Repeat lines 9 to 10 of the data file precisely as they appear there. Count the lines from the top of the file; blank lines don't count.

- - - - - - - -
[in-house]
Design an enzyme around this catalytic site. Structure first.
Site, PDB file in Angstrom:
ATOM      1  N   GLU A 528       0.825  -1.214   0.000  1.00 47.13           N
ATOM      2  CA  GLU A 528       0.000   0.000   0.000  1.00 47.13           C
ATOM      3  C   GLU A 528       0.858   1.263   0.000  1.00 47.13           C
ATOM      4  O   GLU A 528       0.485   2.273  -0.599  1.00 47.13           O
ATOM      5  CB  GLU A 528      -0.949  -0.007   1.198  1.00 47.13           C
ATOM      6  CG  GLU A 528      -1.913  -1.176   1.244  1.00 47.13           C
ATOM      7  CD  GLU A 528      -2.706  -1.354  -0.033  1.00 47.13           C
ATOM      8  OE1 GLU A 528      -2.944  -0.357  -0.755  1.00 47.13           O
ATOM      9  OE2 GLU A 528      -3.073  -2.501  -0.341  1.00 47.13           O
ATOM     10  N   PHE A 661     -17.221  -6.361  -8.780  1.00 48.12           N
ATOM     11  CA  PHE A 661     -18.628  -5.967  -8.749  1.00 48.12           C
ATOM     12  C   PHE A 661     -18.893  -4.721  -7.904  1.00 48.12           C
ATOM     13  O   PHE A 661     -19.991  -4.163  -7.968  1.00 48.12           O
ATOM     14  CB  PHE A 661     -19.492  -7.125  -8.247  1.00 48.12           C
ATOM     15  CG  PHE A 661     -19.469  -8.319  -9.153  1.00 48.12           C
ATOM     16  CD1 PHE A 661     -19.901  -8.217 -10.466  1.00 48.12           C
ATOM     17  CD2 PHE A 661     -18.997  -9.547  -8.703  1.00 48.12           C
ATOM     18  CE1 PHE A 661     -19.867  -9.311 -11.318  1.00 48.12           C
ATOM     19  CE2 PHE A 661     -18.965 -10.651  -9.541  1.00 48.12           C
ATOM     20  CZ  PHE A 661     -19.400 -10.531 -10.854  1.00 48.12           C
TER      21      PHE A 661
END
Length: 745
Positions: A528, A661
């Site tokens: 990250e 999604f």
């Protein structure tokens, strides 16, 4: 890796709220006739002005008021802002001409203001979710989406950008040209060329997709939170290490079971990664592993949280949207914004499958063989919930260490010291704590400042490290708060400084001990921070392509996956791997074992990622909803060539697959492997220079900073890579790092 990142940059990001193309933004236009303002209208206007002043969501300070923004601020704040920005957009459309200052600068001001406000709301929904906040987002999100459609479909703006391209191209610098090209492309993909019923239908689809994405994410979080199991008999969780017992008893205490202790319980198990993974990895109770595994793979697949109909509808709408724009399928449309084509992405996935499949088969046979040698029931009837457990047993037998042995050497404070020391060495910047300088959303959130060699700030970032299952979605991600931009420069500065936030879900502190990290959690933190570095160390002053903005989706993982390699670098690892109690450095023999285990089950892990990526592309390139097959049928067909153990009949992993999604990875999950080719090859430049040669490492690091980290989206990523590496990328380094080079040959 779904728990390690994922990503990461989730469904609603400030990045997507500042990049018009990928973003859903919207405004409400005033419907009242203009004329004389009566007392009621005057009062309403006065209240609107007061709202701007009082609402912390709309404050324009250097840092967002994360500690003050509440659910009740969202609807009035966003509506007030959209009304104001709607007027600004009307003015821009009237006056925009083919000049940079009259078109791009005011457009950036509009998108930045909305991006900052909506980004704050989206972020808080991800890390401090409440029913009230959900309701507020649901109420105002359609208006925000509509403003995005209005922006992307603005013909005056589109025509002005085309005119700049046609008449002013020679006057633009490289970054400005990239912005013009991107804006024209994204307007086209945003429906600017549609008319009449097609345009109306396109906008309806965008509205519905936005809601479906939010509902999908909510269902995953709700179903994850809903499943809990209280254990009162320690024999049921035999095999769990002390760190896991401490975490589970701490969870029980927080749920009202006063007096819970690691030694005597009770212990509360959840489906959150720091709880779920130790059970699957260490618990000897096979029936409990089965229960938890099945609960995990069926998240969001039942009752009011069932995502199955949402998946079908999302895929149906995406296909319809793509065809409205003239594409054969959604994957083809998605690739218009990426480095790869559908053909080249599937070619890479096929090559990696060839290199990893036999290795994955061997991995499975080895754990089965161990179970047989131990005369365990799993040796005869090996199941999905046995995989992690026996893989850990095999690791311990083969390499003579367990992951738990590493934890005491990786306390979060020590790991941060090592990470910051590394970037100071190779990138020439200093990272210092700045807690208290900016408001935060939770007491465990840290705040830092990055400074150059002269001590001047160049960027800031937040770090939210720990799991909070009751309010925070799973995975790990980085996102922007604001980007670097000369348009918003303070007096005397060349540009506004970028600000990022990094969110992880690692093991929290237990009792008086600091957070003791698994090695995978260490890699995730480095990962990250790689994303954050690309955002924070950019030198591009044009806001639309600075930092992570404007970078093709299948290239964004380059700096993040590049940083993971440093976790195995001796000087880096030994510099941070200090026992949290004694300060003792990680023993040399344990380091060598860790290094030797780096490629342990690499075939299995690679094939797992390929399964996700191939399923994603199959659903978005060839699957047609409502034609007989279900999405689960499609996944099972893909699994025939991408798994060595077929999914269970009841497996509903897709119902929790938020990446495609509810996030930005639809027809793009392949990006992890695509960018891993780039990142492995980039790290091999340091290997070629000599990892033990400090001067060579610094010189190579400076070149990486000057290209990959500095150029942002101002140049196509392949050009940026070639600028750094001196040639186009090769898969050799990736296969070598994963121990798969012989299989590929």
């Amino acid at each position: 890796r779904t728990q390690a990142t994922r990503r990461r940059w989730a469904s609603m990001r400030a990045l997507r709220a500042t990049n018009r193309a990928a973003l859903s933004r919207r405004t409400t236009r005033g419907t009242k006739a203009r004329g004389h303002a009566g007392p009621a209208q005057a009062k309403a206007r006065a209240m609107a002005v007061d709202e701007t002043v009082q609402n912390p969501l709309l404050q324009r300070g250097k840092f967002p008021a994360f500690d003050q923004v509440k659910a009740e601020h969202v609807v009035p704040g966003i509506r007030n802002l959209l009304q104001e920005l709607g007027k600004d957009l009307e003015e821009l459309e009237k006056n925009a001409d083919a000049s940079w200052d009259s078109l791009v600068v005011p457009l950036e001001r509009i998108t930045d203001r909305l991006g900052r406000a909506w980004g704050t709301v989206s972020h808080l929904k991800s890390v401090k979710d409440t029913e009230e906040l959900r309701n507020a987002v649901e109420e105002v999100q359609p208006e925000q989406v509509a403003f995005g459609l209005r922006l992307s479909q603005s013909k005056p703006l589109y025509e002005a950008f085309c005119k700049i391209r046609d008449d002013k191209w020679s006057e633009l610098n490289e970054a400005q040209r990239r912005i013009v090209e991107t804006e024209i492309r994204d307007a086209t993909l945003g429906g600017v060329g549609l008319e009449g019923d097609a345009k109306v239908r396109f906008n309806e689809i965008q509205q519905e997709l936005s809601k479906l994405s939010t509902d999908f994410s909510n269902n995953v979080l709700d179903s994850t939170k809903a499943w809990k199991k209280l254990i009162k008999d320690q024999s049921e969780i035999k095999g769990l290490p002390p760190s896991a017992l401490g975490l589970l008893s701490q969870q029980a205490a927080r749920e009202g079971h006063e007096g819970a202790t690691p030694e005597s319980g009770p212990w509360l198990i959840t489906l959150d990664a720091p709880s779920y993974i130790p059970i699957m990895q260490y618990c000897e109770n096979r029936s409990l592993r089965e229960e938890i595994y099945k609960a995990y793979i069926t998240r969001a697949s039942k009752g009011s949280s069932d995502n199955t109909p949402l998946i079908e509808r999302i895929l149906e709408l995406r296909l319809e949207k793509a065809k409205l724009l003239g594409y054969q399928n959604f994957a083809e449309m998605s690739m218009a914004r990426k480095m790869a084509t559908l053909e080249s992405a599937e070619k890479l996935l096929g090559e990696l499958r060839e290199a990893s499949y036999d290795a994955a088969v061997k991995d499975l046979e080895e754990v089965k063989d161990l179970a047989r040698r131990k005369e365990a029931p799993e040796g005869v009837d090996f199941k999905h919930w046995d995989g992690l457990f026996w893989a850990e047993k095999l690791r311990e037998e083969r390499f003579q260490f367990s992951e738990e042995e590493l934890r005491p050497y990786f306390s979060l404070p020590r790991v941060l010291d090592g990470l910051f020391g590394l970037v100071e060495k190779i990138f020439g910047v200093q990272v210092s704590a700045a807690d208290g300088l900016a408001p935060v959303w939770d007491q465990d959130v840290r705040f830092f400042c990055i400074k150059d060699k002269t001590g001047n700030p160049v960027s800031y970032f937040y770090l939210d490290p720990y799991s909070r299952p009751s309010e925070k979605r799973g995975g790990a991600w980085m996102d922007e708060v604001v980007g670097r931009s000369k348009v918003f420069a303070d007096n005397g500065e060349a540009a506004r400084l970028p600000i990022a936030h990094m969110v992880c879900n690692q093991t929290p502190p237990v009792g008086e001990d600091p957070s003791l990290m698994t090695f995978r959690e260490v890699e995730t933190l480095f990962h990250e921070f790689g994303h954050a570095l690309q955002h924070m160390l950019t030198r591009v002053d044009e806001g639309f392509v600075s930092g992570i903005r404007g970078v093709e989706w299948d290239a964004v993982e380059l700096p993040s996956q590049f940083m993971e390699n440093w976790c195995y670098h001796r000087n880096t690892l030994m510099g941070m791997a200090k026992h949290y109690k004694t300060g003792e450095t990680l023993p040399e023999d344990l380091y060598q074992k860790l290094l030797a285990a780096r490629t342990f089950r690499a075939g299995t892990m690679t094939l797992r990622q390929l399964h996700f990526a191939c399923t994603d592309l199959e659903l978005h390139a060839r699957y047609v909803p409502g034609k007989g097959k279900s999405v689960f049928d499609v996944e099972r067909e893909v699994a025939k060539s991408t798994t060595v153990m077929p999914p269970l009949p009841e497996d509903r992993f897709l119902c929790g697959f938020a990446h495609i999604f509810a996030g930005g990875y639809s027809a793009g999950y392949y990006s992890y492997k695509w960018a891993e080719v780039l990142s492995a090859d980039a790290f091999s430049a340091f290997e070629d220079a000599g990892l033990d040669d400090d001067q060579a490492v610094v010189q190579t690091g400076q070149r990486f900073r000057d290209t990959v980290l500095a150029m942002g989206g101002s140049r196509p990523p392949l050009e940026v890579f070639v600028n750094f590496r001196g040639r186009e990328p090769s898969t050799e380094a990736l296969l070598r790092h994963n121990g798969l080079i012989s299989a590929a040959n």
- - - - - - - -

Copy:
ATOM      6  CG  GLU A 528      -1.913  -1.176   1.244  1.00 47.13           C
ATOM      7  CD  GLU A 528      -2.706  -1.354  -0.033  1.00 47.13           C